What Scientists Know About the First Nine Months

What scientists have learned about those amazing first nine months--and what it means for mothers

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    PCBs are no longer manufactured in the U.S., but other chemicals potentially harmful to developing embryos and fetuses are. Theo Colborn, director of the World Wildlife Fund's contaminants program, says at least 150 chemicals pose possible risks for fetal development, and some of them can interfere with the naturally occurring sex hormones critical to the development of a fetus. Antiandrogens, for example, are widely found in fungicides and plastics. One in particular--DDE, a breakdown product of ddt--has been shown to cause hypospadias in laboratory mice, a birth defect in which the urethra fails to extend to the end of the penis. In humans, however, notes Dr. Allen Wilcox, editor of the journal Epidemiology, the link between hormone-like chemicals and birth defects remains elusive.

    The list of potential threats to embryonic life is long. It includes not only what the mother eats, drinks or inhales, explains N.Y.U.'s Nathanielsz, but also the hormones that surge through her body. Pregnant rats with high blood-glucose levels (chemically induced by wiping out their insulin) give birth to female offspring that are unusually susceptible to developing gestational diabetes. These daughter rats are able to produce enough insulin to keep their blood glucose in check, says Nathanielsz, but only until they become pregnant. At that point, their glucose level soars, because their pancreases were damaged by prenatal exposure to their mother's sugar-spiked blood. The next generation of daughters is, in turn, more susceptible to gestational diabetes, and the transgenerational chain goes on.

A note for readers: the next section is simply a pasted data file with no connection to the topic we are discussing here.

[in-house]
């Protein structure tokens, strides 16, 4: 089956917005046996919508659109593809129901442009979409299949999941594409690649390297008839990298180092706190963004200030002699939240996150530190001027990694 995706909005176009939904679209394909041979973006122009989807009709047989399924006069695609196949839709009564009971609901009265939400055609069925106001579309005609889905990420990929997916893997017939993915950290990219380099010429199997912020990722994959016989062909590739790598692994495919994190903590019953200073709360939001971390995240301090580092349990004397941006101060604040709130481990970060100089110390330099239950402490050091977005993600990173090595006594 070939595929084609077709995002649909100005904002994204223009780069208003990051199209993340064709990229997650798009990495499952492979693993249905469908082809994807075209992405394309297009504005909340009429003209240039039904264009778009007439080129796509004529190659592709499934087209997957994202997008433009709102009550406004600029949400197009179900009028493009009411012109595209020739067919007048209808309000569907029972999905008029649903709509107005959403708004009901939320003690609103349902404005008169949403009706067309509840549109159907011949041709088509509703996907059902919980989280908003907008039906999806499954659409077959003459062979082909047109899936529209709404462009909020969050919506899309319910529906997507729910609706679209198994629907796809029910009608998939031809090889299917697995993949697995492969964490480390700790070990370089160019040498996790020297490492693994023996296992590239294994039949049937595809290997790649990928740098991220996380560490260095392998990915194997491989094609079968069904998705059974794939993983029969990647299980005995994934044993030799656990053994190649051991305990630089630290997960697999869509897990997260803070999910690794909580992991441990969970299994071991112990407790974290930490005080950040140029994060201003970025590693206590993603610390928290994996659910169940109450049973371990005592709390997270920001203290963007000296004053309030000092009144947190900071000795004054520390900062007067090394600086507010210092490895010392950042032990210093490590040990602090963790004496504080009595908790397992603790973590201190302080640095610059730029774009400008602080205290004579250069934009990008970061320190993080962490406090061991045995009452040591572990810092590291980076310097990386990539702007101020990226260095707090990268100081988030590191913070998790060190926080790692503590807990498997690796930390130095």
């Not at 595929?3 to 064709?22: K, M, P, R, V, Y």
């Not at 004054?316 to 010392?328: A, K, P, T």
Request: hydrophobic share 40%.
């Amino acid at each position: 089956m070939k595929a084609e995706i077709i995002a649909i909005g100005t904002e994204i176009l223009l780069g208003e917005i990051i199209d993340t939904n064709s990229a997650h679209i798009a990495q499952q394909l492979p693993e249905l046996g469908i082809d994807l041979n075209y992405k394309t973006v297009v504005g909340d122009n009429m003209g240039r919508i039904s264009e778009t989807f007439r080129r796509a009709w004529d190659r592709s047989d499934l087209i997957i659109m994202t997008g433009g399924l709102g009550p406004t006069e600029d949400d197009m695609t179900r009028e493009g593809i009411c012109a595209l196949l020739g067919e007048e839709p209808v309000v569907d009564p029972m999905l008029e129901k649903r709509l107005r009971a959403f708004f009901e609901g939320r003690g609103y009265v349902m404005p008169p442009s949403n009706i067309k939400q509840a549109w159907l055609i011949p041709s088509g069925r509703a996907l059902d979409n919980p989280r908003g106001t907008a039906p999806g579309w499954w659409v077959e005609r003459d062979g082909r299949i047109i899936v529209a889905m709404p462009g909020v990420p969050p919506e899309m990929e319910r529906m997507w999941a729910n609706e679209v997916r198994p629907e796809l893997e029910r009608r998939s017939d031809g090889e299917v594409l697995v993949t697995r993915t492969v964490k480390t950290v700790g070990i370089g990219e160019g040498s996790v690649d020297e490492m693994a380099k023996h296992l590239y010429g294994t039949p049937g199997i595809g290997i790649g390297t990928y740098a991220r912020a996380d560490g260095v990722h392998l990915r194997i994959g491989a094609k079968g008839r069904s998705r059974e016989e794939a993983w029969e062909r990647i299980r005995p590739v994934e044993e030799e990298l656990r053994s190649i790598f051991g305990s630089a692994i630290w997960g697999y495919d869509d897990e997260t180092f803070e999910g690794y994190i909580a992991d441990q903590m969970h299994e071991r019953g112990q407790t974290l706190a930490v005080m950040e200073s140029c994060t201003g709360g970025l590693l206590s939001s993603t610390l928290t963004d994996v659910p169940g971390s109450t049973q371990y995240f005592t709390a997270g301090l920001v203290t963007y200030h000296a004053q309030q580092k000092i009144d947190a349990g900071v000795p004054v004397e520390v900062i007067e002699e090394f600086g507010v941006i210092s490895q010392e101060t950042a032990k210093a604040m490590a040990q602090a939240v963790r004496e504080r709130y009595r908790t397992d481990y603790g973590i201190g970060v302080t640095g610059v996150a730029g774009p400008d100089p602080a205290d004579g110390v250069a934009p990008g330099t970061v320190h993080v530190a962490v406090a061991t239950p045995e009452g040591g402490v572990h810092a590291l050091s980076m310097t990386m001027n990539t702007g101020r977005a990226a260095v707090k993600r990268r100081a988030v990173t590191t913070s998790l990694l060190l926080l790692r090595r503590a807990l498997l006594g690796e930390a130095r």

In similar fashion, atherosclerosis may sometimes develop because of prenatal exposure to chronically high cholesterol levels. According to Dr. Wulf Palinski, an endocrinologist at the University of California at San Diego, there appears to be a kind of metabolic memory of prenatal life that is permanently retained. In genetically similar groups of rabbits and kittens, at least, those born to mothers on fatty diets were far more likely to develop arterial plaques than those whose mothers ate lean.

    But of all the long-term health threats, maternal undernourishment--which stunts growth even when babies are born full term--may top the list. "People who are small at birth have, for life, fewer kidney cells, and so they are more likely to go into renal failure when they get sick," observes Dr. David Barker, director of the environmental epidemiology unit at England's University of Southampton. The same is true of insulin-producing cells in the pancreas, so that low-birth-weight babies stand a higher chance of developing diabetes later in life because their pancreases--where insulin is produced--have to work that much harder. Barker, whose research has linked low birth weight to heart disease, points out that undernourishment can trigger lifelong metabolic changes. In adulthood, for example, obesity may become a problem because food scarcity in prenatal life causes the body to shift the rate at which calories are turned into glucose for immediate use or stored as reservoirs of fat.

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